Listening to native Boulderites talk about the city would leave you thinking it’s the last place on Earth anyone would want to be. They dream of the day when they can leave for parts unknown and find a home that isn’t the small town of Boulder. Having lived here all their lives and having the beauty and wonder of Boulder a constant from birth perhaps leaves them jaded.

I can’t really blame them. In my nearly eight years living in Boulder, I’ve attempted to escape the monotony of Boulder. I’ve run off to Louisiana with izzzyy for a three day jaunt in Hammond just to change things up. I’ve tried to lose myself in the glorified cow town of Denver just to feel like I’m in the city again. I’ve even spent a few nights couch surfing just across town simply because I needed a change of pace.

No matter how great a place is, everyone needs something different.

As October rolled around last year and I realized I had been at Barnes and Noble for a year without any serious change in my life, I began to question where my life was going. Sure, I had some good friends and a wonderful house with great roommates. But I was barely scraping by financially, completely ignoring my student load debt, and wallowing in a strange repetitive routine that left me feeling listless and bored with life.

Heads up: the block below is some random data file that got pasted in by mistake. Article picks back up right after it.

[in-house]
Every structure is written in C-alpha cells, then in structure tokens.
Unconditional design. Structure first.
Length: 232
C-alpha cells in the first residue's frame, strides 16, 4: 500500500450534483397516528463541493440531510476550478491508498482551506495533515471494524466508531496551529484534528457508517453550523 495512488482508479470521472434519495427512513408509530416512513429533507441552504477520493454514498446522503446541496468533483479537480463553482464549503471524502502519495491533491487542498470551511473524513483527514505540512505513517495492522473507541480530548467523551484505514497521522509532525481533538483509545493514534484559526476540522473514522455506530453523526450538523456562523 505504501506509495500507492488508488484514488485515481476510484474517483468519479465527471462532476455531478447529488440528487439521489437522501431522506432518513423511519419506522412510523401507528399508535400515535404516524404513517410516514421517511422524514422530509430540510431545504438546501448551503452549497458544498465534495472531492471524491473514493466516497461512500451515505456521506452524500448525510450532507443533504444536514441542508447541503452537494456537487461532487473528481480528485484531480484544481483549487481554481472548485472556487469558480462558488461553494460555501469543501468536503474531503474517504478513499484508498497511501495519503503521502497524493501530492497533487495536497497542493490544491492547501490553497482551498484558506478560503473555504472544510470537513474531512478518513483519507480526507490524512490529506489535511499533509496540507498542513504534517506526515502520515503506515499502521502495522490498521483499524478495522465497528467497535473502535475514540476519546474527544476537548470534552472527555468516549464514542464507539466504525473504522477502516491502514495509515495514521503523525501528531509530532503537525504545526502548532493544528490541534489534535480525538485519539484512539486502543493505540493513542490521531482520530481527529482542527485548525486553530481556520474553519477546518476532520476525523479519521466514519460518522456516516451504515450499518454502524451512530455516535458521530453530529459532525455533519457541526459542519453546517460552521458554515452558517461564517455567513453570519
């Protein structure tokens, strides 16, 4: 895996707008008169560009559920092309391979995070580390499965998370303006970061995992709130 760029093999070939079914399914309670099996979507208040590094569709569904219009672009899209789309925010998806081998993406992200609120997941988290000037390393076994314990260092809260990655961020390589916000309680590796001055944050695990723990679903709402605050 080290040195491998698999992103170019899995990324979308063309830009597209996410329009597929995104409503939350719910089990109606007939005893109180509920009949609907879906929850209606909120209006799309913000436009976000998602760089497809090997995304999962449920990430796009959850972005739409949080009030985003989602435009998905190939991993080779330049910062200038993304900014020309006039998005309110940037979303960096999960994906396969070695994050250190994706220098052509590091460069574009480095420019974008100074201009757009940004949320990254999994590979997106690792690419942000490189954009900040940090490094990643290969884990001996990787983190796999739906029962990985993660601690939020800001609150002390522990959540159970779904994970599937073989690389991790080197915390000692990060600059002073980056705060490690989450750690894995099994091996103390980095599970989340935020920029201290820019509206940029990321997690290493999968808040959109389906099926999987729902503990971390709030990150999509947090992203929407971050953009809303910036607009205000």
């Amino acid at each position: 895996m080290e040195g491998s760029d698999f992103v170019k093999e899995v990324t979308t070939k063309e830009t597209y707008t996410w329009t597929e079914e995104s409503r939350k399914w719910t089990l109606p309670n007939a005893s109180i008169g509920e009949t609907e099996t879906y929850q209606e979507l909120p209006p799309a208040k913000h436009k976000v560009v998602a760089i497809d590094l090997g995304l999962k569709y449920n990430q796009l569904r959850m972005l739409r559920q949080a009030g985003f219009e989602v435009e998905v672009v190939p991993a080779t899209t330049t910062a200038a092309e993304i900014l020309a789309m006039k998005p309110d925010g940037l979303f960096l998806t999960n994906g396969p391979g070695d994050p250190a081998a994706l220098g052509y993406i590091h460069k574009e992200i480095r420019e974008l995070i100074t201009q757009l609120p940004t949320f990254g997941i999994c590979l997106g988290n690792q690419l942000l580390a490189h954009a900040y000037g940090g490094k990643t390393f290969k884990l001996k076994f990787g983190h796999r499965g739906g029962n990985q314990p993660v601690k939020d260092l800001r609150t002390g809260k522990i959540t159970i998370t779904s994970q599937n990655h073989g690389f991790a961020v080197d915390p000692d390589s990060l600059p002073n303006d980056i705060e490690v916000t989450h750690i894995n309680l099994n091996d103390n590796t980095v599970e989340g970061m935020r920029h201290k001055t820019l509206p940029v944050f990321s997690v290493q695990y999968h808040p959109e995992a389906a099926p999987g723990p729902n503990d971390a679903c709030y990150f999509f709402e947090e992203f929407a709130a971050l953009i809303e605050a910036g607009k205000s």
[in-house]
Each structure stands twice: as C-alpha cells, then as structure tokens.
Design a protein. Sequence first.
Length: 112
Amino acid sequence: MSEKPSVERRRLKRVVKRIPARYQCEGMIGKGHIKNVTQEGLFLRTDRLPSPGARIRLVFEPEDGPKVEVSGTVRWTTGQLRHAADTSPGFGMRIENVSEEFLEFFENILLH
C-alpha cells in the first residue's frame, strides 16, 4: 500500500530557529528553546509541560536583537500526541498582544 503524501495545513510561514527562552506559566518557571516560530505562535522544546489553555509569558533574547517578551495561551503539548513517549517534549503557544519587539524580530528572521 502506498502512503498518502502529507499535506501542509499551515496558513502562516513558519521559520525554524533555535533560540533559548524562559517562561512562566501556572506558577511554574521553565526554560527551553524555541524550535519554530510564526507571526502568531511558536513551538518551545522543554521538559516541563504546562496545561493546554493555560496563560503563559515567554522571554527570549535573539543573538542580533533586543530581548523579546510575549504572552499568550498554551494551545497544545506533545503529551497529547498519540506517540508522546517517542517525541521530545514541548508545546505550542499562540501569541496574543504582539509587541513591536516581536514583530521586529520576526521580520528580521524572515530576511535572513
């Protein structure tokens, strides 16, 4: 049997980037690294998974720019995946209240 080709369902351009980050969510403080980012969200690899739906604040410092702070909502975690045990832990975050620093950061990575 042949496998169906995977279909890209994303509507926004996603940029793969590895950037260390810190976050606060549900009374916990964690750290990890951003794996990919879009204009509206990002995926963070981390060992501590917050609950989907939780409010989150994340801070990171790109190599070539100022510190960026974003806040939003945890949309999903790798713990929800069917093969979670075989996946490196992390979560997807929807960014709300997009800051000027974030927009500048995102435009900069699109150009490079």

I needed a change. And not a temporary stay across town (as helpful as that was). I resolved that no matter what, I would leave Boulder and find a new place to be, both physically and mentally, when my lease was up in June.

My plans were never solid. It’s rare that they are. As my father always said, “I’m a go-along, get-along guy.”

And then my grandmother died.

Her death wasn’t really a major event for me. It didn’t crush me or spur me to do something different. The inheritance I’m using to fund my travels isn’t even from her (her money went to my grandfather, as it should’ve). But in that mourning period when my mom came to visit, it was her words that blew my mind and sent me packing, literally.